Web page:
Israel-Hamas war: ICJ to begin hearing on Israeli occupation of Palestinian lands

THE HAGUE, Netherlands (AP) — The United Nations’ highest court on Monday opens historic hearings on the legality of Israel’s 57-year occupation of land sought for a Palestinian state, putting the 15 international judges back at the heart of the decades-long Israeli conflict is dumped. -Palestinian conflict.

Six days of hearings are planned at the International Court of Justice, involving an unprecedented number of countries, as Israel continues its destructive actions. attack on Gaza.

Although the case is set against the backdrop of the war between Israel and Hamas, it focuses instead on Israel’s open occupation of the West Bank, Gaza and East Jerusalem.

Palestinian representatives, who will be the first to speak on Monday, will argue that the Israeli occupation is illegal because it violates three key principles of international law, the Palestinian legal team told reporters on Wednesday.

They say Israel has violated the ban on territorial conquest by annexing large swaths of occupied land, violated Palestinians’ right to self-determination and imposed a system of racial discrimination and apartheid.

“We want to hear new words from the court,” said Omar Awadallah, head of the Palestinian Foreign Ministry’s UN agencies department.

“They had to take into account the word genocide in the South African case,” he said, referring to a special case before the court. “Now we want them to consider apartheid.”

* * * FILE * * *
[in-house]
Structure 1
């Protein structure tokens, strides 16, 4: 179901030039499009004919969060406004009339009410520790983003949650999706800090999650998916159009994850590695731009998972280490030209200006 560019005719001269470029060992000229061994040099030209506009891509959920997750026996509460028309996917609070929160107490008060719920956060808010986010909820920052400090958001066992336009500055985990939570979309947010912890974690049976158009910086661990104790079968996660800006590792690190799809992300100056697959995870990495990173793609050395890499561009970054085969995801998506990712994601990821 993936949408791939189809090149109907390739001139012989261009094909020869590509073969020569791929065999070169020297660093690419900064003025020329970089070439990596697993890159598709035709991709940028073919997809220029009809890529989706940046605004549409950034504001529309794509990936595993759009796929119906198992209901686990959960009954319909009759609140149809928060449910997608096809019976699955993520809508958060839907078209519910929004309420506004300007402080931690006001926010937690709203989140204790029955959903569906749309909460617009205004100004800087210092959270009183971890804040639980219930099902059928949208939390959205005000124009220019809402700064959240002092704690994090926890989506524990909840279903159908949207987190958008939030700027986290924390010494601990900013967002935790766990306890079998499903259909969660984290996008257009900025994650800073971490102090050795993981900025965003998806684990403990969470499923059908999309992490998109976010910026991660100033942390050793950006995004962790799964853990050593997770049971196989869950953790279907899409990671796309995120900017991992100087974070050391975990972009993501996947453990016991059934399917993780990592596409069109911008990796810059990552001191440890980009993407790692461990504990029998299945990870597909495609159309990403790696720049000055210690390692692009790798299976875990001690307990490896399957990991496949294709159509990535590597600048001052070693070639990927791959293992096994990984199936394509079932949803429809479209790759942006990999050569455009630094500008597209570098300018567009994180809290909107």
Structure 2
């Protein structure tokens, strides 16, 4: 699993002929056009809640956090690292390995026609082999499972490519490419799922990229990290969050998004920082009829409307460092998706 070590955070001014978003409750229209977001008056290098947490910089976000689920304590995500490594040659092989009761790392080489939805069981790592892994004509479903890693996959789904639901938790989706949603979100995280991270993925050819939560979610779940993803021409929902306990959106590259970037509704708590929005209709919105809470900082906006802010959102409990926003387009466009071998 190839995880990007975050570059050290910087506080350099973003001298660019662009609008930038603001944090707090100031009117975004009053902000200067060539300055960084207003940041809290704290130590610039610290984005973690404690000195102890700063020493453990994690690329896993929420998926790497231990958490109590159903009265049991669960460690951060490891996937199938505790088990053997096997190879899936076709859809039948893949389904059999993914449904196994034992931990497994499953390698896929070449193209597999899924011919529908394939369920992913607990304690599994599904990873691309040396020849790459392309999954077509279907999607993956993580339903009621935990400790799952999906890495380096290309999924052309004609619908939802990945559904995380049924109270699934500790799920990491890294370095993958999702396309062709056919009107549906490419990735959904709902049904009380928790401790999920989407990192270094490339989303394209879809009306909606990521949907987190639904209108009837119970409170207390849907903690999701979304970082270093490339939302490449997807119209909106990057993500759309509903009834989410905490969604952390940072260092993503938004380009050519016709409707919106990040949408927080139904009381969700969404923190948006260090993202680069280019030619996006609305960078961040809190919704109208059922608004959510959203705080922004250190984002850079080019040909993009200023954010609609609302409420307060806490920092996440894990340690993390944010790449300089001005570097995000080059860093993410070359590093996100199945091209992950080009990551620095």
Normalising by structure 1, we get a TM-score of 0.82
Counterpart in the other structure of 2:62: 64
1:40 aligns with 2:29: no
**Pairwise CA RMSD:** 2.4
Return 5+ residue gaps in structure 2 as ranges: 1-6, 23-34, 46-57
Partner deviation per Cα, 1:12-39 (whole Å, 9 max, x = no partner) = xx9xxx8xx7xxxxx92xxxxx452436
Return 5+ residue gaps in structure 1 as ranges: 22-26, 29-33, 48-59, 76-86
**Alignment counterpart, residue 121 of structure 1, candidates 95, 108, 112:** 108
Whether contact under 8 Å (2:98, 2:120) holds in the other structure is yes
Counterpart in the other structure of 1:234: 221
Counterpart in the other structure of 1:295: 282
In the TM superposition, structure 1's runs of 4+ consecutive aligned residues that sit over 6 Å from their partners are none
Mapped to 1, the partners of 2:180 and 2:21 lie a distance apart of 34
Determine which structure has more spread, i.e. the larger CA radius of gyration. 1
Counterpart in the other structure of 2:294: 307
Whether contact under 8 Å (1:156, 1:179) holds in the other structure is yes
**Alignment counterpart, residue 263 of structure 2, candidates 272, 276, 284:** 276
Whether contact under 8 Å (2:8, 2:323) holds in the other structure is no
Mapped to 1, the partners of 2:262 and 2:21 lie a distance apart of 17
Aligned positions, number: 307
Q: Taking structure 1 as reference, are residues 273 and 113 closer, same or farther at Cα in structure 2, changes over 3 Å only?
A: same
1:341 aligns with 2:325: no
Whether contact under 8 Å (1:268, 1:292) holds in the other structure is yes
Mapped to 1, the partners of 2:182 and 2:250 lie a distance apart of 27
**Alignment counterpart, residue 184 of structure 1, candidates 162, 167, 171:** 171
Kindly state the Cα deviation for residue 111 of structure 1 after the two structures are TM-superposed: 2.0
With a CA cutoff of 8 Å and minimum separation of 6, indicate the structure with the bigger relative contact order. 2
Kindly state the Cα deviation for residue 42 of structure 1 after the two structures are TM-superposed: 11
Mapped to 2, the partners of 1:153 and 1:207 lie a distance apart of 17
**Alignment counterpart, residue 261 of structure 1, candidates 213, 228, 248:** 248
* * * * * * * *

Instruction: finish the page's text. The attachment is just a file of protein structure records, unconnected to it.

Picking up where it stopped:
Awadallah said an opinion from the court “will give us many tools, using peaceful methods and instruments of international law, to confront the illegalities of the occupation.”

It will likely take months before the court issues a ruling. But experts say the decision, while not legally binding, could have a profound impact on international jurisprudence, international aid to Israel and public opinion.

“The case will present the court with a litany of accusations, allegations and grievances that are likely to be uncomfortable and embarrassing for Israel, given the war and the already highly polarized international environment,” said Yuval Shany, a law professor at Hebrew University. and senior fellow at the Israel Democracy Institute.

Israel will not speak at the hearings, but could submit a written statement. Shany said Israel will likely justify the continued occupation on security grounds, especially in the absence of a peace deal.

It likely points to the October 7 attack, in which Hamas-led Gaza militants killed 1,200 people in southern Israel and dragged 250 hostages back to the area.

“There is a narrative that areas from which Israel is withdrawing, such as Gaza, have the potential to pose very serious security risks,” Shany said. “If anything, October 7 underlined the traditional Israeli security rationale for justifying the endless occupation.”

But Palestinians and leading rights groups say the occupation goes far beyond defensive measures. They say it has turned into an apartheid system, reinforced by building settlements on occupied territories, that gives Palestinians second-class status and is designed to maintain Jewish hegemony from the Jordan to the Mediterranean. Israel rejects any accusation of apartheid.